Our results suggest that the adrC gene encoding for a putative MSF transporter is necessary for the production of andrastin A by P. roqueforti. In literature, there are other cases where genes encoding MSF proteins are necessaries for the production of secondary metabolites by fungi. For example, in Cercospora kikuchii and Fusarium fujikuroi, the disruption of genes encoding MSF transporters leads to drastic reductions in the production of cercosporin and bikaverin, respectively (Callahan et al., 1999; Wiemann et al., 2009). Currently, it remains unclear how the disruption of genes encoding for MSF proteins can reduce the levels of production of fungal secondary metabolites. Callahan et al. (1999) suggested that the lack of MSF protein leads to the accumulation of the secondary metabolite above a critical threshold, producing the inhibition of biosynthetic enzymes or the down-regulation of the transcription of the biosynthetic genes. Another possibility is that these MSF proteins be intracellular transporters involved in the traffic of some intermediates of the biosynthesis (Martín and Liras, 2016). The absence of these transporters could be interfering in the normal intracellular transport of these intermediates, hence decreasing the production of the final secondary metabolite.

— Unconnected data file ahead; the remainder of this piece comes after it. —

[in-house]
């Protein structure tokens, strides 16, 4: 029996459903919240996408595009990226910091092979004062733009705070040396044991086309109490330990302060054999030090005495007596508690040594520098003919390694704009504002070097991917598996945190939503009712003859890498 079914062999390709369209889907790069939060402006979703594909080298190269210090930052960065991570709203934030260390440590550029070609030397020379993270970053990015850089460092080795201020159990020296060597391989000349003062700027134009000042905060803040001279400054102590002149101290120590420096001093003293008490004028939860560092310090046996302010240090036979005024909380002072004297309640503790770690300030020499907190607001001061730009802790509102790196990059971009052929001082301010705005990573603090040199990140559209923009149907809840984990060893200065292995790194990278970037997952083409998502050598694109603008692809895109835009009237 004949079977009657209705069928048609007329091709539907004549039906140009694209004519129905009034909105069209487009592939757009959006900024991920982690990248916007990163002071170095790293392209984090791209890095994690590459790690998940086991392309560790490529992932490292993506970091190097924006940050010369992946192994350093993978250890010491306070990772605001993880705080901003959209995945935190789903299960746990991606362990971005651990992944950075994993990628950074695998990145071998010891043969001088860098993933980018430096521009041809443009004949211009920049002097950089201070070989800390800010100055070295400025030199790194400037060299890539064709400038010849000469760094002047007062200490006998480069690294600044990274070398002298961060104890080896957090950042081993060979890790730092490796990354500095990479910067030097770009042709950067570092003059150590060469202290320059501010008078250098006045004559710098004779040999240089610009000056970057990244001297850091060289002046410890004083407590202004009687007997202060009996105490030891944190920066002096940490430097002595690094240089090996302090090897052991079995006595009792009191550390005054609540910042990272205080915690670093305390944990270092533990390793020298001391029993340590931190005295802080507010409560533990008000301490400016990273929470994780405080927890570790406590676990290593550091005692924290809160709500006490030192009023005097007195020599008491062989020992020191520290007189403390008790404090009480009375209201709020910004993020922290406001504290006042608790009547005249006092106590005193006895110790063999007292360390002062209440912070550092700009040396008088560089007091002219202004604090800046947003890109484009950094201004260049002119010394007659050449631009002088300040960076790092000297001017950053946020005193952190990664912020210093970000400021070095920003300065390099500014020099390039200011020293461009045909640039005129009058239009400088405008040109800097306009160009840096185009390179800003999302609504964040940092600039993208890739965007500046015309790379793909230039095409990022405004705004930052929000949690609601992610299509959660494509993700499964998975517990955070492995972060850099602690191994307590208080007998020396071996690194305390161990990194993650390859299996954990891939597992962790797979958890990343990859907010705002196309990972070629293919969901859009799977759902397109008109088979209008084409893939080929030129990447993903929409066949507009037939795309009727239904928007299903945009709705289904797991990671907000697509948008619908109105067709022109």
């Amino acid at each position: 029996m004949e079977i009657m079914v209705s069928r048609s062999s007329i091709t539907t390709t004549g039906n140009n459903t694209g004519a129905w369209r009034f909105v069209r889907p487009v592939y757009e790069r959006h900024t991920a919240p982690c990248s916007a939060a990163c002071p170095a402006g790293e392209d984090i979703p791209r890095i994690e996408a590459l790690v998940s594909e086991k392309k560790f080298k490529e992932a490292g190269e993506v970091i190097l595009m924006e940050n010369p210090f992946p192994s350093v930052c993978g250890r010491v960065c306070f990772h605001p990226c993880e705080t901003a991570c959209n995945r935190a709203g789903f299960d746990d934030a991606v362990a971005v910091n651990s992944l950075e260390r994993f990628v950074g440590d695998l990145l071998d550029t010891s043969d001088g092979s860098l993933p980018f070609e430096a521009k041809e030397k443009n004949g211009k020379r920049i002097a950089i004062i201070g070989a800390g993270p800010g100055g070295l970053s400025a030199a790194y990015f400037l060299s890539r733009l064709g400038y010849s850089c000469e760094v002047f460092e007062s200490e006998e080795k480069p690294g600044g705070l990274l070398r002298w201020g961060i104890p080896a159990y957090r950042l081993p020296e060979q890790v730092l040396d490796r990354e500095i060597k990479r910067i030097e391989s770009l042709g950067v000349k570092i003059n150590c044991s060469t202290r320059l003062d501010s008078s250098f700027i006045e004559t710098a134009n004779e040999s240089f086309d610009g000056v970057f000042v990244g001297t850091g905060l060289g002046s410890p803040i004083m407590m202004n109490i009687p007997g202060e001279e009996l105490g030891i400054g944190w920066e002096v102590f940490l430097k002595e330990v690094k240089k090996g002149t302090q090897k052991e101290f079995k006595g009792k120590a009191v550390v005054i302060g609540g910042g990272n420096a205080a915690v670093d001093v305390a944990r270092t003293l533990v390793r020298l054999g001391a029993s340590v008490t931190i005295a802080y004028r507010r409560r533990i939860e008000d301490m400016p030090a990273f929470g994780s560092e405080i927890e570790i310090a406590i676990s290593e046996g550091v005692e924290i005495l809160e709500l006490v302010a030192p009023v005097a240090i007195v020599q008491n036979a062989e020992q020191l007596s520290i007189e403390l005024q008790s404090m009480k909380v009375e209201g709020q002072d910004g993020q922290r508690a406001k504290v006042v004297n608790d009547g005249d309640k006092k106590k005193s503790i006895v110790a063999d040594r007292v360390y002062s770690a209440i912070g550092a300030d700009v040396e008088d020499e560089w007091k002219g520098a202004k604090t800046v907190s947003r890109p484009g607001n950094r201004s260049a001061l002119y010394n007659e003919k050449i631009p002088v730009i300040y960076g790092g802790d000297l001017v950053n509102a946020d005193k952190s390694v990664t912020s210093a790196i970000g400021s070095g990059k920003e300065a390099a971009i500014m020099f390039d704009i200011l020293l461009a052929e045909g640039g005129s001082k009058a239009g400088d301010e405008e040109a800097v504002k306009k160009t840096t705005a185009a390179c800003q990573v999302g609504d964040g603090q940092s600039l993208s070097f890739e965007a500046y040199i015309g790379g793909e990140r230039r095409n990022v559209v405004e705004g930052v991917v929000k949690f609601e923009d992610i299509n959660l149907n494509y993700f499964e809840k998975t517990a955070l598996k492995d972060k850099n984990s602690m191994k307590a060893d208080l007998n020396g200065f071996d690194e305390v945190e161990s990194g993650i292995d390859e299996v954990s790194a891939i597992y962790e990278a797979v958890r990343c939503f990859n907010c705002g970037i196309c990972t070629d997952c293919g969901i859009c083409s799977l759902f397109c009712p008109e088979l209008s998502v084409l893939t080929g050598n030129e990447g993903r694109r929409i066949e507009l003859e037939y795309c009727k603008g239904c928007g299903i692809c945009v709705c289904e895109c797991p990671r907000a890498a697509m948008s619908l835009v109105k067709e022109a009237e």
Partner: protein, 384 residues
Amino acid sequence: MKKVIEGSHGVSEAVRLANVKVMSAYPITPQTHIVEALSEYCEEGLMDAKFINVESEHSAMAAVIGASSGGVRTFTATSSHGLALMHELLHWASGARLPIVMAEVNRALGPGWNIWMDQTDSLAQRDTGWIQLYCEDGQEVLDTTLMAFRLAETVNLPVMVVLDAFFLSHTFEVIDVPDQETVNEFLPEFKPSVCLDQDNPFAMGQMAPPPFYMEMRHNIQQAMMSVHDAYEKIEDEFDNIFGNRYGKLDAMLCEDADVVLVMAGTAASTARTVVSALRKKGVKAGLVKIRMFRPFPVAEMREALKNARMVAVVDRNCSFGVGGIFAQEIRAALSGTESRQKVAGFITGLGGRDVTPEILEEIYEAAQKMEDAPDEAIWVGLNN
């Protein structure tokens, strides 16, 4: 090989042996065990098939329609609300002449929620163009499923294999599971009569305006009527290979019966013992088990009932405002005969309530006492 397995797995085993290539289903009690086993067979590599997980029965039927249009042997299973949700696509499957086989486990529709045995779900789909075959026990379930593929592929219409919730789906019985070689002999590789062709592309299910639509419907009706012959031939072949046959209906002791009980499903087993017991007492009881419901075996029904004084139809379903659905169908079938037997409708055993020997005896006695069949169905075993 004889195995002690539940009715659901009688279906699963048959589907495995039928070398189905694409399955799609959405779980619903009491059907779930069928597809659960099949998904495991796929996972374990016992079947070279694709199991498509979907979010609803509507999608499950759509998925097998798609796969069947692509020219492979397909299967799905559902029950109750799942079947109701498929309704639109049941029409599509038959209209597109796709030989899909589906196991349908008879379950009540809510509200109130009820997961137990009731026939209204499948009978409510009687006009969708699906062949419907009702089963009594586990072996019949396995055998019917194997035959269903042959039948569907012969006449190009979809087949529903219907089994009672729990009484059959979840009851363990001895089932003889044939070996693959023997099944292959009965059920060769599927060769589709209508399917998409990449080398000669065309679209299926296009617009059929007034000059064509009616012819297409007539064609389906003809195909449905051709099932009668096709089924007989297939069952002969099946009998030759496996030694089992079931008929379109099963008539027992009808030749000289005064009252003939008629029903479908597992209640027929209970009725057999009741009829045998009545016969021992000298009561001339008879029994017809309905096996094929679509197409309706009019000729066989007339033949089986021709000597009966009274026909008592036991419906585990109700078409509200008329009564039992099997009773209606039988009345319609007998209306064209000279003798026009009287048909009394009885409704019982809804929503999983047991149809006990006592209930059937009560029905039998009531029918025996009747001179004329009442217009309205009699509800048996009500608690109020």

Interestingly, despite the adrC gene is required for the production of andrastin A, it does not have any role in the secretion of the compound to the extracellular medium. Although there are several cases where MSF transporters are clearly linked to the secretion of a given fungal secondary metabolite (see reviews of Martín et al., 2005; Martín and Liras, 2016), there are several other cases where the MSF transporters does not have role in the secretion of secondary metabolites. For example, when the aflT gene (encoding for a MFS transporter within the aflatoxin gene cluster in A. parasiticus) was disrupted, the deleted mutants secreted aflatoxins at similar levels to the wild type strain (Chang et al., 2004). Similarly, when the mfsA gene from A. carbonarius (encoding a MFS transporter in the ochratoxin A gene cluster) was deleted, ochratoxin A was found at similar levels both in mycelia and extracellular medium in all the strains analyzed (Crespo-Sempere et al., 2014). The same was observed in the case of the roqT gene from the roquefortine C/meleagrin cluster in P. chrysogenum: mutants disrupted in this MSF-encoding gene were still able to secrete roquefortine C, indicating that the protein encoded by roqT is not involved in the secretion of this compound (Ali et al., 2013).